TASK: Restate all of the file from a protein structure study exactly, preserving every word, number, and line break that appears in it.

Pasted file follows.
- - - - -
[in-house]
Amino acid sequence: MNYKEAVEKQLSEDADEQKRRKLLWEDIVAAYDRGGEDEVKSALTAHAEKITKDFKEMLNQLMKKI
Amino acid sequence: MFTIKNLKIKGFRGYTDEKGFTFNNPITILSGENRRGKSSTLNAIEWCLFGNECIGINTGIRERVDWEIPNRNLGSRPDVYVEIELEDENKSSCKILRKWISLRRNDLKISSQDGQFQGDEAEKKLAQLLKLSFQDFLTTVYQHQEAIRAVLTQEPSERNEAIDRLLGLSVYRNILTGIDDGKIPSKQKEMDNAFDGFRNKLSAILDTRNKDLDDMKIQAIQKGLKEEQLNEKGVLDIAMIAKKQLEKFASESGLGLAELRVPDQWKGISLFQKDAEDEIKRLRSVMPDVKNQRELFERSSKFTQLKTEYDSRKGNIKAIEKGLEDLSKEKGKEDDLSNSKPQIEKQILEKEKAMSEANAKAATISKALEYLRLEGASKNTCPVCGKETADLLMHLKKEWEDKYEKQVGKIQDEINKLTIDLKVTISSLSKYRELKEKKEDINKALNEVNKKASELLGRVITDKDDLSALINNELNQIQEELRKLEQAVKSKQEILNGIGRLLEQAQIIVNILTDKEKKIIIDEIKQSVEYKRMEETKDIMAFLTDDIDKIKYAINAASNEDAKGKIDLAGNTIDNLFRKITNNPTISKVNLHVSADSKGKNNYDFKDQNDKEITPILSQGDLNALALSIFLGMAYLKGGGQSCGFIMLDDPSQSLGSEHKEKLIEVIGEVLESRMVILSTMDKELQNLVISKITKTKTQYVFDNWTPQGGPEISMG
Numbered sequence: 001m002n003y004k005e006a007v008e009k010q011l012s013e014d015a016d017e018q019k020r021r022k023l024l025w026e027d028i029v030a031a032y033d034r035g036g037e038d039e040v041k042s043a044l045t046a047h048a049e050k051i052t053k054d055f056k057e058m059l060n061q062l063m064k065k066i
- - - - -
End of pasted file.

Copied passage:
[in-house]
Amino acid sequence: MNYKEAVEKQLSEDADEQKRRKLLWEDIVAAYDRGGEDEVKSALTAHAEKITKDFKEMLNQLMKKI
Amino acid sequence: MFTIKNLKIKGFRGYTDEKGFTFNNPITILSGENRRGKSSTLNAIEWCLFGNECIGINTGIRERVDWEIPNRNLGSRPDVYVEIELEDENKSSCKILRKWISLRRNDLKISSQDGQFQGDEAEKKLAQLLKLSFQDFLTTVYQHQEAIRAVLTQEPSERNEAIDRLLGLSVYRNILTGIDDGKIPSKQKEMDNAFDGFRNKLSAILDTRNKDLDDMKIQAIQKGLKEEQLNEKGVLDIAMIAKKQLEKFASESGLGLAELRVPDQWKGISLFQKDAEDEIKRLRSVMPDVKNQRELFERSSKFTQLKTEYDSRKGNIKAIEKGLEDLSKEKGKEDDLSNSKPQIEKQILEKEKAMSEANAKAATISKALEYLRLEGASKNTCPVCGKETADLLMHLKKEWEDKYEKQVGKIQDEINKLTIDLKVTISSLSKYRELKEKKEDINKALNEVNKKASELLGRVITDKDDLSALINNELNQIQEELRKLEQAVKSKQEILNGIGRLLEQAQIIVNILTDKEKKIIIDEIKQSVEYKRMEETKDIMAFLTDDIDKIKYAINAASNEDAKGKIDLAGNTIDNLFRKITNNPTISKVNLHVSADSKGKNNYDFKDQNDKEITPILSQGDLNALALSIFLGMAYLKGGGQSCGFIMLDDPSQSLGSEHKEKLIEVIGEVLESRMVILSTMDKELQNLVISKITKTKTQYVFDNWTPQGGPEISMG
Numbered sequence: 001m002n003y004k005e006a007v008e009k010q011l012s013e014d015a016d017e018q019k020r021r022k023l024l025w026e027d028i029v030a031a032y033d034r035g036g037e038d039e040v041k042s043a044l045t046a047h048a049e050k051i052t053k054d055f056k057e058m059l060n061q062l063m064k065k066i